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Paul Tripp, What Did You Expect? (Crossway, 2010), pp. 47-48:

Because sin is antisocial, it tends to dehumanize the people in our lives.

No longer are they objects of our willing affection. No, they quit being the people we find joy in loving.

Rather, they get reduced to one of two things.

They are either vehicles to help us get what we want or obstacles in the way of what we want.

When your wife is meeting the demands of your wants, needs, and feelings, you are quite excited about her, and you treat her with affection.

But when she becomes an obstacle in the way of your wants, needs, and feelings, you have a hard time hiding your disappointment, impatience, and irritation.

This is where another eloquent biblical observation comes in. It is that we are kingdom-oriented people. We always live in the service of one of two kingdoms.

We live in service of the small, personal happiness agenda of the kingdom of self, or we live in service of the huge, origin-to-destiny agenda of the kingdom of God.

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9 thoughts on “How Sin Can Dehumanize the People in Our Lives”

  1. Gaye Clark says:

    A great book, that is profoundly convicting to read.
    Paul Tripp nails the heart issues in many marriages today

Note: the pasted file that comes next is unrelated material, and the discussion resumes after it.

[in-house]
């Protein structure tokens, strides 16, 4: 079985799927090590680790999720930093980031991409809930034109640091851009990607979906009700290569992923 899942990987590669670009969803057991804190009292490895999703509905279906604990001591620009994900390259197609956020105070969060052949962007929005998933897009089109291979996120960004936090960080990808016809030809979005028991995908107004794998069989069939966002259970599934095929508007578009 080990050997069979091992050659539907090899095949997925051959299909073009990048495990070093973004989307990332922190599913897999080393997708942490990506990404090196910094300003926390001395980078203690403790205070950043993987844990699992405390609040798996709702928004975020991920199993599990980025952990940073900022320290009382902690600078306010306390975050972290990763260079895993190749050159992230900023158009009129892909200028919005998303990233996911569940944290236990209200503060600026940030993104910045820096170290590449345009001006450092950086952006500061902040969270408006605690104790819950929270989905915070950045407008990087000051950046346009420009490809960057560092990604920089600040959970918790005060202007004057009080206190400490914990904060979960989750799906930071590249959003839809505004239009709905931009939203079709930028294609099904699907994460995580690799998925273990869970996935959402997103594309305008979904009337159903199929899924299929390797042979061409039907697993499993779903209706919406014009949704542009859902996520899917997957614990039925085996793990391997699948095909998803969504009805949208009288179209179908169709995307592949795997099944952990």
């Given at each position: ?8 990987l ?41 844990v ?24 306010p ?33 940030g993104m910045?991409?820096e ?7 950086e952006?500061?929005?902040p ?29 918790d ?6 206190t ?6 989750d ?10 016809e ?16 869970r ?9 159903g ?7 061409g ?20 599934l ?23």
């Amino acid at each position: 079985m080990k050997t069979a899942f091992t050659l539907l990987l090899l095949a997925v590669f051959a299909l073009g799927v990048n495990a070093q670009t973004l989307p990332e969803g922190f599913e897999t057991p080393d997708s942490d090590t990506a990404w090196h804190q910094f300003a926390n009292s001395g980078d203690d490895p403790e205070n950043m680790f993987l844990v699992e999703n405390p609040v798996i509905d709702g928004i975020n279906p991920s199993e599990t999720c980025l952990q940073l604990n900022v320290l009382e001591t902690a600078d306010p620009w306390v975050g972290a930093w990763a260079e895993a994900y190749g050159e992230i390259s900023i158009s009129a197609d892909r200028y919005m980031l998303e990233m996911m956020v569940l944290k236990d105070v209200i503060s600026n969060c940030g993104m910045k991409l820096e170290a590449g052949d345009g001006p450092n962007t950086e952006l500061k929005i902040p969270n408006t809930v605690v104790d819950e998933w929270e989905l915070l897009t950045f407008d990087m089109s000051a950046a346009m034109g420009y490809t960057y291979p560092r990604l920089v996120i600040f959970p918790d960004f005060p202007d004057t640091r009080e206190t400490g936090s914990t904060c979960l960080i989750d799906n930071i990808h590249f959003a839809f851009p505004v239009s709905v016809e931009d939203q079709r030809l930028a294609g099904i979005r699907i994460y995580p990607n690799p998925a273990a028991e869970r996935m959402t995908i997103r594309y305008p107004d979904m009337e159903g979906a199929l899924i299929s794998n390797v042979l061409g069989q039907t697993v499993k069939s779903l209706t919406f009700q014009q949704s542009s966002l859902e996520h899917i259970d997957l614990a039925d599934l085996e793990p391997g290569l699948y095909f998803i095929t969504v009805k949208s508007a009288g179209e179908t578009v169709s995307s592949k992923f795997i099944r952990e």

2. “Because sin is antisocial”.

    Often it is but not always. This statement is being treated, in error, as an absolute. Satan has a bevy of pro-social programs that are not in concert with the protocol of God.

  3. donsands says:

    Good words. Sin always crouches at the door. yet for the believer Jesus is our Door.
    Satan knocks on the door, and asks to come in, and i let him at times, and yet, there are times by faith in prayer, I simply let the Door answer the knock, and the devil flees.

    “Submit yourselves therefore to God. Resist the devil, and he will flee from you.” James 4:7

  4. Totally agree with Gaye. This book led to some of the hardest (and best) conversations my wife and I ever had.

  5. Matt Robison says:

    Lust itself is the great objectifier. And I’m not just talking about the porn industry.

    It also prevents a man from having normal relationships with other women. They are dehumanized. The man’s eyes are covered with a film that prevents true connection.

    This is a good insight.

  6. Bruce Russell says:

    Wow, nice quote.

  7. That is the crux of it. Serving the kingdom of self or the Kingdom of God. Henry Blackaby identifies the same thing in Experiencing God. Oh, that God will grant me the wisdom to always recognize when I am serving the wrong kingdom!

  8. The point about thinking of people as either vehicles or obstacles made me think about how I view God. I often view him as a means to get what I want or as someone way of that.

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Justin Taylor, PhD

Justin Taylor is executive vice president of book publishing and book publisher for Crossway and blogs at Between Two Worlds. You can follow him on Twitter.

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